WASHINGTON -- After missing the postseason a year ago, the Nationals are back in the National League Division Series for the fifth time in team history, even if the path to get here was far less traveled. This time, they rallied from a sluggish start, tore through the NL for months and then stunned the Brewers in the Wild Card Game, setting up a date with the Dodgers starting Thursday night.
Before the start of the NLDS, here’s how the Nationals got here, from a sluggish 19-31 to the eve of another playoff series in Los Angeles.
Perhaps what Nationals manager Dave Martinez deserves most credit for is that he did not make any major changes. Not when the team was the biggest disappointment in baseball, at 12 games under .500 near the end of May, and destined for a winter of change. He remained the same every day and did not do anything drastic to save his job, or panic to try and turn the season around. Instead, he trusted a talented roster to play to its talent level. And once the Nats got healthy, they took off. The lineup and starting rotation are led by the same cast they expected at the start of the year. The bullpen has been more unstable, with the Nats rotating through relievers trying to find someone they can trust -- although Martinez has shown flexibility in what roles he uses for each reliever depending on their effectiveness.
Key transaction: Daniel Hudson
It’s no secret the Nationals bullpen was a mess to start the season and in some ways, still is, but give the Nats and general manger Mike Rizzo credit for revamping their bullpen on the fly. After Fernando Rodney was designated for assignment by the A’s earlier this season, the Nats scooped him up and he posted a 114 ERA+ in 38 appearances while becoming one of Martinez’s most trusted relievers. Combine his contributions with Hudson, who was acquired from the Blue Jays at the Trade Deadline and has become one of the anchors at the backend of their bullpen, along with Sean Doolittle. In 24 games with the Nats, Hudson put up a 1.44 ERA with 23 strikeouts and four walks in 25 innings.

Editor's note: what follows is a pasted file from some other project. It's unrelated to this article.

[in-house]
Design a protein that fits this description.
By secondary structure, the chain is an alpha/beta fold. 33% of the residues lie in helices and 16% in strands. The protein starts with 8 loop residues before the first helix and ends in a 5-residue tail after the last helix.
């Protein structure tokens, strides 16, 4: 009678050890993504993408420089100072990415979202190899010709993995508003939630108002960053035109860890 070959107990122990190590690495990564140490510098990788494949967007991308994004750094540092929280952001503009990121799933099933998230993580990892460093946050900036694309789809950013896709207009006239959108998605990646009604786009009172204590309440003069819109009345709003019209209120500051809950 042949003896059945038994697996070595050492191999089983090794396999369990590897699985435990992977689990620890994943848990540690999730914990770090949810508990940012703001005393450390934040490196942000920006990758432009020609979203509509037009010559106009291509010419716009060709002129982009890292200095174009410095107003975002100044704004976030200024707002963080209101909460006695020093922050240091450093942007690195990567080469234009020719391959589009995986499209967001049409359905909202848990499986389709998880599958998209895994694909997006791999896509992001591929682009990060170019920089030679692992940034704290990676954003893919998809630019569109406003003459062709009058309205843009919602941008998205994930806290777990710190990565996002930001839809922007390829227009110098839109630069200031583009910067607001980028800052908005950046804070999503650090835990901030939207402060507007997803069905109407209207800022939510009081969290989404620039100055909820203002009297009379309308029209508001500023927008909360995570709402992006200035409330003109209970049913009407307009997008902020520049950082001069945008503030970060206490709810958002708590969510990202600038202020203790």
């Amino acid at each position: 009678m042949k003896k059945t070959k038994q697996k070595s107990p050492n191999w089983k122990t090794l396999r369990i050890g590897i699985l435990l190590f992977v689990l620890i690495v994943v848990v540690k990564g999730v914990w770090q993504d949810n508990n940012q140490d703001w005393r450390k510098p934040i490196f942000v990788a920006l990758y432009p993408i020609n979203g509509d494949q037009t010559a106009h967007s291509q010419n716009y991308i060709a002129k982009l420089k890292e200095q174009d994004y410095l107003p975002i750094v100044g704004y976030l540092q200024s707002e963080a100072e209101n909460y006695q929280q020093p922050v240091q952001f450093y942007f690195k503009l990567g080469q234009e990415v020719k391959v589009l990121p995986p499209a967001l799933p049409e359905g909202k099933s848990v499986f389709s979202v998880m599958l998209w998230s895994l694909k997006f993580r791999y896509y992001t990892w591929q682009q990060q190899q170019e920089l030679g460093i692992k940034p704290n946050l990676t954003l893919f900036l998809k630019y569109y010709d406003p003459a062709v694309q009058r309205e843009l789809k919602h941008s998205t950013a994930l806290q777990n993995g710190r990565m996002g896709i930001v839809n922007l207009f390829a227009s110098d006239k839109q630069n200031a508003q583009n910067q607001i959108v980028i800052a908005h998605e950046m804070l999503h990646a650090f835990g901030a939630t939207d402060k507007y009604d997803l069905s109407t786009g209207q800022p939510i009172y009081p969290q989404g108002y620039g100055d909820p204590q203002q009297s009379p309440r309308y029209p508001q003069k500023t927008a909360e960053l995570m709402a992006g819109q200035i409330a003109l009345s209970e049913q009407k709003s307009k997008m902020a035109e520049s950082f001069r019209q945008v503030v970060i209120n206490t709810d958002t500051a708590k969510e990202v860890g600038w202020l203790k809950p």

Breakout player: Howie Kendrick
Kendrick admits feeling fortunate that he had another year on his contract in Washington after tearing his right Achilles a year ago. Otherwise, surrounded with uncertainty, he’s not sure he would have found a job entering his age 36 season. And now its difficult to imagine where the Nationals would be without him.
Kendrick put up one of the best offensive seasons of his career, batting .344/.395/.572 with 17 homers in 370 plate appearances and 2.6 Wins Above Replacement -- value almost all accumulated with his bat. In order to keep him healthy and fresh, the Nats resisted the urge to start him every day during the regular season, but rode him more frequently down the stretch. He started at first base during the NL Wild Card Game and is almost certain to find his way into the middle of the lineup either at first or second base.
Calling card: Starting pitching
This is a team built on starting pitching and if the Nationals are going to make a deep postseason run, it will come on the backs of their starting rotation. They possess three starters who will garner attention for the NL Cy Young Award in Max Scherzer, Stephen Strasburg and Patrick Corbin and plan on riding them through October, a bit of a throwback compared to the approach of most teams in 2019.
“The reason why we are here,” Martinez said Wednesday, “is our starting pitchers kept us afloat."